Practical Matters

Telephones:

There are public phones in most hotels and lodges, but many people prefer to carry their own mobile phone. Phones and ‘pay as you go’ SIM cards may be purchased on arrival and this may be necessary if your phone doesn’t have a roaming facility. Many overseas phones are locked and won’t work in Kenya even if you put in a different sim card. It may be possible to buy a phone at the airport depending on what time your flight arrives, but you will more likely have to search out a shop that sells them once you’ve arrived. There are two main local operators: Zain and Safaricom whose networks work very efficiently throughout Kenya. Local calls are not particularly expensive. To dial a fixed line number within Nairobi you need to dial 020 plus the number. For Mombasa the dialing code is 041. The international dialing code for the Kenya is +254.

Internet access:
Most hotels will offer Internet access of some sort in Kenya, with some coffee bars and hotels now offering fast Internet Wi-Fi connectivity (Java house and the Serena Hotels being among them). Internet café’s are available in the main urban centres.

Money:
The Kenyan shilling (written as /- ksh) is the official currency and is known as bob more often than not (i.e. 100/-ksh is known as 100 bob!) US dollars being accepted in some outlets and hotels.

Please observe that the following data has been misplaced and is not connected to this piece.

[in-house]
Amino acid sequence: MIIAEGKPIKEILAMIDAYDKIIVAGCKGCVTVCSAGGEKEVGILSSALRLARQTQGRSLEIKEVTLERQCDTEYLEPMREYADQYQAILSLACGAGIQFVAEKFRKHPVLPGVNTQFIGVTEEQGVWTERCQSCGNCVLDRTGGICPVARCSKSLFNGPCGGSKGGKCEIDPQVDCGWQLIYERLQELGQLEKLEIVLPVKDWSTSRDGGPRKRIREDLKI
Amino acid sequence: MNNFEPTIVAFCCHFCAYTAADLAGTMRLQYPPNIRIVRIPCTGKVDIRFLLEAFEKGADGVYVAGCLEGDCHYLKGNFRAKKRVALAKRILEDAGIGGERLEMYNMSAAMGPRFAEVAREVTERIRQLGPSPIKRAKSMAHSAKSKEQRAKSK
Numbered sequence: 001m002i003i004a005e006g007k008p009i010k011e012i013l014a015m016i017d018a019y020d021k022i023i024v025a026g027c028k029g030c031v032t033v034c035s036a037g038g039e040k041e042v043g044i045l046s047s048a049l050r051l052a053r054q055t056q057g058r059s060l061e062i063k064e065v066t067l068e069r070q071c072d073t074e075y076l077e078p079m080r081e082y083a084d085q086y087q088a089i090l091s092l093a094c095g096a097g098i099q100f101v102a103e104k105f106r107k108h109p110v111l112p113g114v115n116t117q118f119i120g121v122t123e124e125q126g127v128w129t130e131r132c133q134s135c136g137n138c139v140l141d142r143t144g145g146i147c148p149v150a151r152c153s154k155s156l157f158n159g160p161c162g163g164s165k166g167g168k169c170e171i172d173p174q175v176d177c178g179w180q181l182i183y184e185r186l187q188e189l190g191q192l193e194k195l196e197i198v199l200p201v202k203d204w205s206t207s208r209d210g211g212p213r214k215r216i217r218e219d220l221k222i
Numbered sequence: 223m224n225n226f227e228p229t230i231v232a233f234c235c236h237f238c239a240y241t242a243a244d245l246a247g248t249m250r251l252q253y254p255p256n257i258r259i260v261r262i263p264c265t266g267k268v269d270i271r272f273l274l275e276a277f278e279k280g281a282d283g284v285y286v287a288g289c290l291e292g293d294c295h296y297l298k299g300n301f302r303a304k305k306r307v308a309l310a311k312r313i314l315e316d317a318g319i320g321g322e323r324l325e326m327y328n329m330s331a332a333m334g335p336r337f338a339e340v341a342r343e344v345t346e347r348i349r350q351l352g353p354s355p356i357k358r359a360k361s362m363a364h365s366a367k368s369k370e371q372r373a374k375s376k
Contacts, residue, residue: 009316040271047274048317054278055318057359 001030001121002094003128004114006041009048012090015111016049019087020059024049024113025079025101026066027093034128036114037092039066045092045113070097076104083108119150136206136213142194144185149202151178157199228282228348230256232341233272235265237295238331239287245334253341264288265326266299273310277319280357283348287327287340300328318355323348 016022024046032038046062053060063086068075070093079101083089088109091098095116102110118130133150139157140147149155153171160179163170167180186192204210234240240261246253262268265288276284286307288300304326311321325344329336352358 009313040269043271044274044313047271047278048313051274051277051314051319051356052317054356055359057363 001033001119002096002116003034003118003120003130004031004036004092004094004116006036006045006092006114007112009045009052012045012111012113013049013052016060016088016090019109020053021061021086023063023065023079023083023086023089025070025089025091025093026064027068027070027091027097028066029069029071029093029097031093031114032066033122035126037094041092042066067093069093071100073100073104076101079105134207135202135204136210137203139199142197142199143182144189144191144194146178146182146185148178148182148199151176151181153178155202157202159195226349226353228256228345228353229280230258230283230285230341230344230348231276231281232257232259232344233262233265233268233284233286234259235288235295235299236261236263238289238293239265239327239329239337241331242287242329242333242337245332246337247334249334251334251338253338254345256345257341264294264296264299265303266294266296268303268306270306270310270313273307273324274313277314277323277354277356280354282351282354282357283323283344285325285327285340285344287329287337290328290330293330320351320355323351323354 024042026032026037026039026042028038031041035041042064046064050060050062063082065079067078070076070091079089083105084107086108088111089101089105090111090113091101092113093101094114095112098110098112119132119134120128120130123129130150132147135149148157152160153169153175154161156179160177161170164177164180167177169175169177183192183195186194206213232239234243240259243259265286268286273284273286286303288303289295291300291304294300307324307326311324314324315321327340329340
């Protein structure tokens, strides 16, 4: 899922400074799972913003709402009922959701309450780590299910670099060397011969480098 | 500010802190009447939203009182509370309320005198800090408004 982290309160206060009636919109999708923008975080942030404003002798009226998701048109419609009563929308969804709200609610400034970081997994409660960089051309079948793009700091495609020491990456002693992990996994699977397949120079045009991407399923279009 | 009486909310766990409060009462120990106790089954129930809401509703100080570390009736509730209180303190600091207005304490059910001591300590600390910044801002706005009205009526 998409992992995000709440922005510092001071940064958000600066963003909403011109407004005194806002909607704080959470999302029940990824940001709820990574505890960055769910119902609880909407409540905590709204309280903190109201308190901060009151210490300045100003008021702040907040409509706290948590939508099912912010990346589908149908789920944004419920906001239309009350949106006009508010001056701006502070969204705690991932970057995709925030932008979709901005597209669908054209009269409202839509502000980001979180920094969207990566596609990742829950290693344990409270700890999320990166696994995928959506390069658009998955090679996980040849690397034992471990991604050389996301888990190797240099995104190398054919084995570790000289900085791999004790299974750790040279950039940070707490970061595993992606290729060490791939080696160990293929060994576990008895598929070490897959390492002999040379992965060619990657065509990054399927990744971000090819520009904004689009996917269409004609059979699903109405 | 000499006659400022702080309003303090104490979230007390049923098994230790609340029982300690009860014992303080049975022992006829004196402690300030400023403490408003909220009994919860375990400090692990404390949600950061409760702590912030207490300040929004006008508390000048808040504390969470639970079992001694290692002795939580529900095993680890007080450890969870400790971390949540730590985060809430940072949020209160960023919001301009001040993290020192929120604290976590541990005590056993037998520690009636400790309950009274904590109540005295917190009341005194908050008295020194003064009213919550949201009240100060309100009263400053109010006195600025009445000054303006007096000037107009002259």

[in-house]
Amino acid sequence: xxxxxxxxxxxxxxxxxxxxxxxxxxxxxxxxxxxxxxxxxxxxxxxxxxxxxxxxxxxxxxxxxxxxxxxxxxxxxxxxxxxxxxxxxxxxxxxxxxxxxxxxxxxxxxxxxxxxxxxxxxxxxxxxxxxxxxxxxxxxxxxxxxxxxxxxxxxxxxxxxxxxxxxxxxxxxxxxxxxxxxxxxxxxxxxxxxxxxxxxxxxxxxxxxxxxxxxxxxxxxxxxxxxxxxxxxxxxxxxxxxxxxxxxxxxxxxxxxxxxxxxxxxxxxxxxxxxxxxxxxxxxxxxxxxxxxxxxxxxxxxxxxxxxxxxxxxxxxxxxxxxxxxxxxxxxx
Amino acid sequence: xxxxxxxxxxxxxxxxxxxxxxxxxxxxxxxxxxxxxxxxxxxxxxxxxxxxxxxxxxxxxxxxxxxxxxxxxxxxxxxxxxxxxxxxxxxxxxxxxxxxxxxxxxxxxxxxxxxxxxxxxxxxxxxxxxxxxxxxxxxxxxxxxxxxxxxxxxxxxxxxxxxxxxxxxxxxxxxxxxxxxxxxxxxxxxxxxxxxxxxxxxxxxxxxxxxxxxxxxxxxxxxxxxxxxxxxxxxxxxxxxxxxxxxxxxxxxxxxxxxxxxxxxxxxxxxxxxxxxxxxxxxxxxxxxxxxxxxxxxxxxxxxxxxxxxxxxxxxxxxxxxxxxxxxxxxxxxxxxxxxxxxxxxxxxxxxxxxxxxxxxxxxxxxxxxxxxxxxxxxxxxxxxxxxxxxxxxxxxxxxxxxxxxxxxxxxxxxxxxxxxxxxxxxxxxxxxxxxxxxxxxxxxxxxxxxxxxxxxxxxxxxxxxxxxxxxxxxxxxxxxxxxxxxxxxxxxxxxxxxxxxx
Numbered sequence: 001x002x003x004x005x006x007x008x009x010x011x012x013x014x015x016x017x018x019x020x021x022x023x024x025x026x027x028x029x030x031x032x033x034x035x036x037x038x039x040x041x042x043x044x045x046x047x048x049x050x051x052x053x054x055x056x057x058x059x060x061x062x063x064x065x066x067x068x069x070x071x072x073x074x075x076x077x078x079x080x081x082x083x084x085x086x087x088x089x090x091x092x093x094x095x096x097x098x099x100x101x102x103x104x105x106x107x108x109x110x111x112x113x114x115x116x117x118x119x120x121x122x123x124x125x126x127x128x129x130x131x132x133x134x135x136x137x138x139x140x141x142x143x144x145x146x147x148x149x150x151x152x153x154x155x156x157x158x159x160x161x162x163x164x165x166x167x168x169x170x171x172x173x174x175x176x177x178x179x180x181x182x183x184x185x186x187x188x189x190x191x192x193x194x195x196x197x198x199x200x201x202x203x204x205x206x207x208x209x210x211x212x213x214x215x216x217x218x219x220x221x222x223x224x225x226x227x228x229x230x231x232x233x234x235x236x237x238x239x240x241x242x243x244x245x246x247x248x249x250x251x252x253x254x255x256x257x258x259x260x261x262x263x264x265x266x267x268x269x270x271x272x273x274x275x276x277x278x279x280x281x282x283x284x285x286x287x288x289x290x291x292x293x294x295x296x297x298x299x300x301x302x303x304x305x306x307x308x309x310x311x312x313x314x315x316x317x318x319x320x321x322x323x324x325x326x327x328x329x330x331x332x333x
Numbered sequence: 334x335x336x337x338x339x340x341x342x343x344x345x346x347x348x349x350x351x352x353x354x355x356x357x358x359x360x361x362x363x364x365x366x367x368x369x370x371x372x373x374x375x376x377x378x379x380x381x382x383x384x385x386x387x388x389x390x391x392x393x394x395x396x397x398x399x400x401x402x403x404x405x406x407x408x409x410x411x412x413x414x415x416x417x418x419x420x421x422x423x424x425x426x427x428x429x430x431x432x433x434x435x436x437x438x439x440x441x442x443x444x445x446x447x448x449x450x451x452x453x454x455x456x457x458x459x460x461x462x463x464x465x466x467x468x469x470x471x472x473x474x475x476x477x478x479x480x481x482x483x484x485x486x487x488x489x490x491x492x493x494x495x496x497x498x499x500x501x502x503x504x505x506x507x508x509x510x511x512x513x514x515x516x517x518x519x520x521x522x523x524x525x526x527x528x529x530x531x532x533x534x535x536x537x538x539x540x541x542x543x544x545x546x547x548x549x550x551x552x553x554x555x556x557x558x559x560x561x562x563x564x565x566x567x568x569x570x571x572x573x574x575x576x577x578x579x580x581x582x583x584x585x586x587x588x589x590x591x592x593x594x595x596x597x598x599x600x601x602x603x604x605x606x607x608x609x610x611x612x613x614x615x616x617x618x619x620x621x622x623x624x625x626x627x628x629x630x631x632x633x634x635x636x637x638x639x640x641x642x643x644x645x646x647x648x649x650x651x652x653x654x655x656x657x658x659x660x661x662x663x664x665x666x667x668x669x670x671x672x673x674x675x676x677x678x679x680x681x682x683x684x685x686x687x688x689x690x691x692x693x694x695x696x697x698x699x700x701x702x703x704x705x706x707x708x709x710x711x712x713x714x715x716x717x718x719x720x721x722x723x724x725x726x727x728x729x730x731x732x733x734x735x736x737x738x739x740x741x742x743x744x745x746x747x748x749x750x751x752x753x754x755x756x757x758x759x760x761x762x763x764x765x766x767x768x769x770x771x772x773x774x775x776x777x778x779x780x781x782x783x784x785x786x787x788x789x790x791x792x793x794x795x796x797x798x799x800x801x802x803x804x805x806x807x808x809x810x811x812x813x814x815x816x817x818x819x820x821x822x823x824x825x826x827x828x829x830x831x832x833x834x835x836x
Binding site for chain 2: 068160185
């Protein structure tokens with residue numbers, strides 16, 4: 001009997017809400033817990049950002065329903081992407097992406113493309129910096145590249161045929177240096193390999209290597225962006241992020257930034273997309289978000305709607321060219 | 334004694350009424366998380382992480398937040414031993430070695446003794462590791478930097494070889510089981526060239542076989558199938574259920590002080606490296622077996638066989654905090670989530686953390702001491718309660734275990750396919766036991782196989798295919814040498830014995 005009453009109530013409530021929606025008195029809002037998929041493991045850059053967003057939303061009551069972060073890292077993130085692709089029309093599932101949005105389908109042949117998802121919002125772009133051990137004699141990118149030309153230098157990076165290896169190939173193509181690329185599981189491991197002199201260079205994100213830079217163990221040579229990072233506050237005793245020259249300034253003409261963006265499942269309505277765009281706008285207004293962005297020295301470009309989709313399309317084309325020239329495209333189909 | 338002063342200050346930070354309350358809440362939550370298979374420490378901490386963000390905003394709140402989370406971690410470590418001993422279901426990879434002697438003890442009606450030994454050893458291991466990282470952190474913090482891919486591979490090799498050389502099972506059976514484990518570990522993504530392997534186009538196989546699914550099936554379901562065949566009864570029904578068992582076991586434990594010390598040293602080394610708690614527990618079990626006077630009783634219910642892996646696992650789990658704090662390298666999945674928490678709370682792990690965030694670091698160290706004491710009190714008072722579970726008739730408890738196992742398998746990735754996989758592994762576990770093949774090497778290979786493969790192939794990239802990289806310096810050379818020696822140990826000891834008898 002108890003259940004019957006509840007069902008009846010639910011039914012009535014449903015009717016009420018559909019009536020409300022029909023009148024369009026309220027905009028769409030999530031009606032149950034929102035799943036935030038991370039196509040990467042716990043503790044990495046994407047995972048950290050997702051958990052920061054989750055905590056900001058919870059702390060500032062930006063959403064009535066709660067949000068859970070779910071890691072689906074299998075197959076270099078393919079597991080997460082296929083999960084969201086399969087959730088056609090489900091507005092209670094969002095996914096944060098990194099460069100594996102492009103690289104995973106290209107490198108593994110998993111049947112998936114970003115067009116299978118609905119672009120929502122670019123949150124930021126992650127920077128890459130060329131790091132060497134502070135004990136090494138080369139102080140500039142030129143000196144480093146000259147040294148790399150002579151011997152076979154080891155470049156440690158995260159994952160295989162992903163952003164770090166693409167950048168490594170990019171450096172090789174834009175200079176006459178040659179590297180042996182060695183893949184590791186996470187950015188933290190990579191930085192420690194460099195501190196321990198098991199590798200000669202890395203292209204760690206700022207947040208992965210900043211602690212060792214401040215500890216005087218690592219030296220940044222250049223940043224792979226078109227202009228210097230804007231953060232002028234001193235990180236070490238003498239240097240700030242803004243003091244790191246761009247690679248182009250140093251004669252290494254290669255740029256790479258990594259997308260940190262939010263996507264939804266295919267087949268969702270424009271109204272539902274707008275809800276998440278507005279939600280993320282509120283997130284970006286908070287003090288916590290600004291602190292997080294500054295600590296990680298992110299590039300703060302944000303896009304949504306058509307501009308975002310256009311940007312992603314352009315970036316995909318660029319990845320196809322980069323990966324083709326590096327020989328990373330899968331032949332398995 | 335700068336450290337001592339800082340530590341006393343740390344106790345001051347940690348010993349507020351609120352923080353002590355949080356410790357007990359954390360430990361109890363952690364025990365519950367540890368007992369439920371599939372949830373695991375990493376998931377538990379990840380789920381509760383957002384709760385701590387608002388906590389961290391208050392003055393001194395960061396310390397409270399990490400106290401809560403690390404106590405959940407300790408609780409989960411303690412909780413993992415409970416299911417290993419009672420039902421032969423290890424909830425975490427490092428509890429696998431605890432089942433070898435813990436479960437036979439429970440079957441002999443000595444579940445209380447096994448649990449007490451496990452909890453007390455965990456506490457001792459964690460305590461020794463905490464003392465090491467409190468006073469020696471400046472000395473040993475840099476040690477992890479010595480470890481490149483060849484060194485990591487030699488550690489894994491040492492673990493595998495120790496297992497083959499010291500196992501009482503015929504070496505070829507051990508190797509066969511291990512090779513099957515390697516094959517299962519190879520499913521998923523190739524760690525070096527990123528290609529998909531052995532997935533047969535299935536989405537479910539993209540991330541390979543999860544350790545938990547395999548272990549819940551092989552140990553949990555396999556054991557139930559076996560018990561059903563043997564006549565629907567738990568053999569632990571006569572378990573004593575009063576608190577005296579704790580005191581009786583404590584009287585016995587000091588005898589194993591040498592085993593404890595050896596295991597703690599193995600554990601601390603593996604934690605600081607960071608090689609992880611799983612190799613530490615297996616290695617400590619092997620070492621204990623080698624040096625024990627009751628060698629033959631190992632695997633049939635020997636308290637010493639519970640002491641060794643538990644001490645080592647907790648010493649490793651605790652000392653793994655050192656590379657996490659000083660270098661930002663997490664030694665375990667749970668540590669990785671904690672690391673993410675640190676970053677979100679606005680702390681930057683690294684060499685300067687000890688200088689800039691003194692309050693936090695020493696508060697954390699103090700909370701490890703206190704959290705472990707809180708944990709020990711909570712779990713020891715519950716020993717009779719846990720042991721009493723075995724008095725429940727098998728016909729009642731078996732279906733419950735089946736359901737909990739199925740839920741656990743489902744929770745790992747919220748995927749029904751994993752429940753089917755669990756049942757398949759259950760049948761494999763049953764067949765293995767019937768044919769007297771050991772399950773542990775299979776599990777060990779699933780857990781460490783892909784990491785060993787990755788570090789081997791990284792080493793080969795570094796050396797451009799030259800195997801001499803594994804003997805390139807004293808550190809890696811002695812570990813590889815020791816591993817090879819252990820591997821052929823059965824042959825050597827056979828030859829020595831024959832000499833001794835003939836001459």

Cash is accepted everywhere and all major credit and debit cards may be used in most large establishments. Cheques however, are not. ATM’s can be found in all the main urban areas in Kenya, and money exchange booths (Forex bureaus) are also found. Banks tend to be the usual places where you can exchange hard currency.

Post:
Post Offices are few and far between and it best to ask directions from your hotel. Postage is cheap and usually efficient with letters and cards taking less than a week to Europe and no more than about 10 days to Australia and the USA. Most hotels and lodges will sell you stamps and will post the letters too.To send or receive packages, the package must be checked by officials for import/export tax. Don’t wrap the package until after it has been seen by the post office official or you will be made to undo it in front of them. Packages need to be less than 20kg sea mail and 30kg for airmail. A variety of international courier services are available for packages and registered postal deliveries such as Fed Ex, TNT and DHL.

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